Nordic-powered Bluetooth LE livestock tracking solution offers remote health and location alerts


The HerdDogg DoggTag and DoggBone gateway use nRF52833 and nRF52840 SoCs to provide wireless connectivity for livestock monitoring

U.S. technology company HerdDogg has released a suite of livestock tracking solutions designed to provide ranch operators with remote health and location data for the cattle in their herd. The range includes three ‘DoggTag®’ smart tags—‘TraceTag™’, ‘YardTag’ and ‘WelfareTag®’—as well as the ‘DoggBone®’ gateway which relays the smart tag data to a Cloud platform for review by ranch management.

The smart tags are applied to the ear of an animal using a standard tag applicator and record its proximity to the gateway at specific times. Ranchers can then use the data to determine, for example, if or when an animal visits a feed trough or a watering location, as well as maintain a location-based inventory of their herd. If an animal fails to visit a feed trough it could be a sign that the animal is unwell or of potential theft, for instance. The WelfareTag also includes temperature and light sensors as well as a MEMS accelerometer to record data about animal behavior. This data is gathered several times an hour and is stored in the smart tag’s memory until it can be relayed to the Cloud when the animal is next within range of the DoggBone gateway. This data can be used for estrus detection—identifying when a female animal is ready for breeding—as well as for health alerts for apparent lameness, fever or Bovine Respiratory Disease (BRD). 

Our team has worked with Nordic technology for a long time and the company has the best support I’ve encountered among any of the Bluetooth LE chip companies
Jonathan Moyes, HerdDogg

Long range Bluetooth LE connectivity

The TraceTag and YardTag smart tags are powered by Nordic’s nRF52833 SoC, while the WelfareTag device employs the advanced nRF52840 SoC. The Nordic SoCs provide Bluetooth LE wireless connectivity between the tags and the gateway at a distance of up to 90 meters in standard operation. The nRF52840 SoC’s powerful 64 MHz Arm® Cortex® M4 processor with floating point unit (FPU) also supervises the WelfareTag’s sensors and accelerometer, while its generous 1 MB Flash provides ample memory to store the data until an animal moves within range of the gateway.

The DoggBone gateway employs two U-Blox BMD345 modules—which integrate the nRF52840 SoC as well as a Skyworks PA/LNA—to provide the long range wireless connectivity between the gateway and the smart tags. The nRF52840 SoC’s radio architecture with on-chip PA provides -95 dBm RX sensitivity (at 1 Mbps in Bluetooth LE mode), a maximum output power of 8dBm, and a total link budget of 103 dBm. In the U-Blox module the SoC’s sensitivity is boosted by the Skyworks PA/LNA to increase the link budget and further boost the module’s range. From the gateway, the data is relayed to the Cloud using cellular or Wi-Fi connectivity, where from the Web platform or app, users can access the data.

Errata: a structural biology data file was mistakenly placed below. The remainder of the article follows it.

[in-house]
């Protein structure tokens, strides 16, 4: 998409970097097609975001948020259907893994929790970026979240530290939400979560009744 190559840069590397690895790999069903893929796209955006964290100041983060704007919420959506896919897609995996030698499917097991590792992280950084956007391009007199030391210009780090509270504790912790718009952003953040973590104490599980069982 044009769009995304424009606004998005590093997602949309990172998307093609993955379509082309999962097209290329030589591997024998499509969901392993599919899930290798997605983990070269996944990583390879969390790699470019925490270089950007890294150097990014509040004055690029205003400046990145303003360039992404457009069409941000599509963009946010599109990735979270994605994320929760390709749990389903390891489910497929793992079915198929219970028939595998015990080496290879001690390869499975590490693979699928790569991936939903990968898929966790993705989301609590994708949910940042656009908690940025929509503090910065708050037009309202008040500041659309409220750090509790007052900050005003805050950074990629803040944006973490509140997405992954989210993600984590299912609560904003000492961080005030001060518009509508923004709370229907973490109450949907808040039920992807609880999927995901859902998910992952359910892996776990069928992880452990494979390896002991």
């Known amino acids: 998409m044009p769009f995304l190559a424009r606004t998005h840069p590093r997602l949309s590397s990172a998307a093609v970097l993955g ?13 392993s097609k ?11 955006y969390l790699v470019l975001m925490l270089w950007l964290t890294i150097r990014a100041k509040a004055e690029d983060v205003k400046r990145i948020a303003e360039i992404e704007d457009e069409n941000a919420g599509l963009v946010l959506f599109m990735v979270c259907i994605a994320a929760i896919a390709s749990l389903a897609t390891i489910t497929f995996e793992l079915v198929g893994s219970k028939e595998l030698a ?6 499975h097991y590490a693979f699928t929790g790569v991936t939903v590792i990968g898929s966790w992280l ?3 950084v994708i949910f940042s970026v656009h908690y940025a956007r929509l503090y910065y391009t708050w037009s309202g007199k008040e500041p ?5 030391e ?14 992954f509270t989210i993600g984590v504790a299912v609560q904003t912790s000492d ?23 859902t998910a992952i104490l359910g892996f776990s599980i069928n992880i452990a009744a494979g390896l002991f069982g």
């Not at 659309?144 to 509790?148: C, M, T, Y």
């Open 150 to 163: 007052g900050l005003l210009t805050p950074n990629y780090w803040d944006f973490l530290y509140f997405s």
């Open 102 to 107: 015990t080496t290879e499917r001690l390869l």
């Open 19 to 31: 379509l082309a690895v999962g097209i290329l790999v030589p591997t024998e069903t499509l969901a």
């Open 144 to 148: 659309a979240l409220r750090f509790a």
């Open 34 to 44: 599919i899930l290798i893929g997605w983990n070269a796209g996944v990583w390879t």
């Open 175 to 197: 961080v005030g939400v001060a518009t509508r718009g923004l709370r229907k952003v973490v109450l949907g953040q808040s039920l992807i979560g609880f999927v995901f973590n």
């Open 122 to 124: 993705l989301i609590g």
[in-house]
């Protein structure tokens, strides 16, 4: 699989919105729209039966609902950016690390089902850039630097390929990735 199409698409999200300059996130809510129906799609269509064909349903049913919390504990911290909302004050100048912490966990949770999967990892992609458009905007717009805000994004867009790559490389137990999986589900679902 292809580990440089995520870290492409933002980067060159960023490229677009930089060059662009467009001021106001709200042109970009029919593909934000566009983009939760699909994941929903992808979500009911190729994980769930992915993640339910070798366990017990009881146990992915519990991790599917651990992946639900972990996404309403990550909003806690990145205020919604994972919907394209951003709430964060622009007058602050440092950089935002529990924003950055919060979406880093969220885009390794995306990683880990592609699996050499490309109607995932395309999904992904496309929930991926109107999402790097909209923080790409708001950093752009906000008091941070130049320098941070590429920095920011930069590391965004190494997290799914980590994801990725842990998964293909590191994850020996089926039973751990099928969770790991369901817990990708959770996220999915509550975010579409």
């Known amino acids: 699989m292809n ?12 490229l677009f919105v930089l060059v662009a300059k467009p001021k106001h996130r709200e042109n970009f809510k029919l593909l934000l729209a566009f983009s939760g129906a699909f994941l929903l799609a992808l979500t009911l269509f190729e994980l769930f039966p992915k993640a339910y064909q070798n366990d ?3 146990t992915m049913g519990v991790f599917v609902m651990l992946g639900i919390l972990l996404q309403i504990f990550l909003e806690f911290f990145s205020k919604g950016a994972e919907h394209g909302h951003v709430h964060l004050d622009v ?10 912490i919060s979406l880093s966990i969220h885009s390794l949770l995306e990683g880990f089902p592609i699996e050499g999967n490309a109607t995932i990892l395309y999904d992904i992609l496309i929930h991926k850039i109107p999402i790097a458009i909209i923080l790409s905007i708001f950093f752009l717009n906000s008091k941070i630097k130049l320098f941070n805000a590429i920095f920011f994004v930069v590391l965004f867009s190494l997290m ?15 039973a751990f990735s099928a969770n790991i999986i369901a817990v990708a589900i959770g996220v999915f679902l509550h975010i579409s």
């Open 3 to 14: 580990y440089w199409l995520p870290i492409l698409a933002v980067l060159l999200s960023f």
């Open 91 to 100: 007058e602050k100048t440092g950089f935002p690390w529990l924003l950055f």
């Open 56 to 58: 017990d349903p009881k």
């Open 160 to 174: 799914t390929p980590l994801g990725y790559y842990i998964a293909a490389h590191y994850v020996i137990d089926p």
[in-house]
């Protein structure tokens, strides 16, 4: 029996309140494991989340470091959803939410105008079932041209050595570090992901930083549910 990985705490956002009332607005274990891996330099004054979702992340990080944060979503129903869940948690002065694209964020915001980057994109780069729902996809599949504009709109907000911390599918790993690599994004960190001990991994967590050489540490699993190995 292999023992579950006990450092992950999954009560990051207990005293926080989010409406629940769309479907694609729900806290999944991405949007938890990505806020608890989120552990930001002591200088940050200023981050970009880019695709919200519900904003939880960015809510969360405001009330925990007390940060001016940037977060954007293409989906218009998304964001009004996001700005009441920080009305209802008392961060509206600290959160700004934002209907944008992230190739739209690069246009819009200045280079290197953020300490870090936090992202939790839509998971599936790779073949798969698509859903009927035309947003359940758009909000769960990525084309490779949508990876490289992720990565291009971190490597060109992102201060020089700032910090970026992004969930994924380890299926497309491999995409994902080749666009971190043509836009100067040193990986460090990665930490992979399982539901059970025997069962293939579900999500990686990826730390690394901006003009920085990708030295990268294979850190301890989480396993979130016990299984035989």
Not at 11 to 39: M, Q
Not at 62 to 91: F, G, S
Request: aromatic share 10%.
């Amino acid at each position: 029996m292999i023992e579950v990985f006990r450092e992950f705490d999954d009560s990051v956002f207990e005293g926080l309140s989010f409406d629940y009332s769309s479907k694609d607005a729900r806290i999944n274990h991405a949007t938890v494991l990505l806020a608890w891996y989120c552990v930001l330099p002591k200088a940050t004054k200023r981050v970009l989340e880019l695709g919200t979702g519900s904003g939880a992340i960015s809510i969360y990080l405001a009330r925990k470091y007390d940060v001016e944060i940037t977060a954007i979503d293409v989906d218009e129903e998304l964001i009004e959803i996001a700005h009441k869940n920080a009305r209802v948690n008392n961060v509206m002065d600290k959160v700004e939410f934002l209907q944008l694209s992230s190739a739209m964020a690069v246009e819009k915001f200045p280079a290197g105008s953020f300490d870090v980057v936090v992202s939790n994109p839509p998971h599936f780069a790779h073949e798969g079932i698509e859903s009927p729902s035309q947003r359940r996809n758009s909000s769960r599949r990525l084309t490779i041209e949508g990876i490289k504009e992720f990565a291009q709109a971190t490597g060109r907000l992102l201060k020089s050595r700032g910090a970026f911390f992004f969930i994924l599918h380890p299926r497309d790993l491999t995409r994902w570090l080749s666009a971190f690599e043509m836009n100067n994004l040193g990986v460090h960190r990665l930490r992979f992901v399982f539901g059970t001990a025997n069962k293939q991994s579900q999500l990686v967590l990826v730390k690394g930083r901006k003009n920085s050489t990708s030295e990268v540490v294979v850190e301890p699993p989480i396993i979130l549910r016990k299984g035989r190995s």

Powerful machine learning

“The HerdDogg platform uses machine learning algorithms to help identify animals which may be in distress and alert the rancher,” says Jonathan Moyes, Vice President of Product Engineering at HerdDogg. “This allows them to take better care of their animals, and also turn a larger profit. 

“The industry standard for animal tags is RFID, which requires the reader to be in very close proximity to the tag, and can provide only identification information. DoggTags provide this same functionality, but at a much greater range, as well as providing animal welfare, health, and location information.”

The tags each employ a CR2477 Lithium battery, and can last for up to five years between battery replacements (depending on the solution). This is thanks in part to the ultra low power operating characteristics of the Nordic nRF52840 and nRF52833 SoCs that have been engineered to minimize power consumption with a fully-automatic power management system.

“The awesome low power consumption and long range capabilities of the Nordic SoCs were a major selling point for us,” says Moyes. “Also our team has worked with Nordic technology for a long time and the company has the best support I’ve encountered among any of the Bluetooth LE chip companies. This made us very comfortable selecting Nordic as our partner.”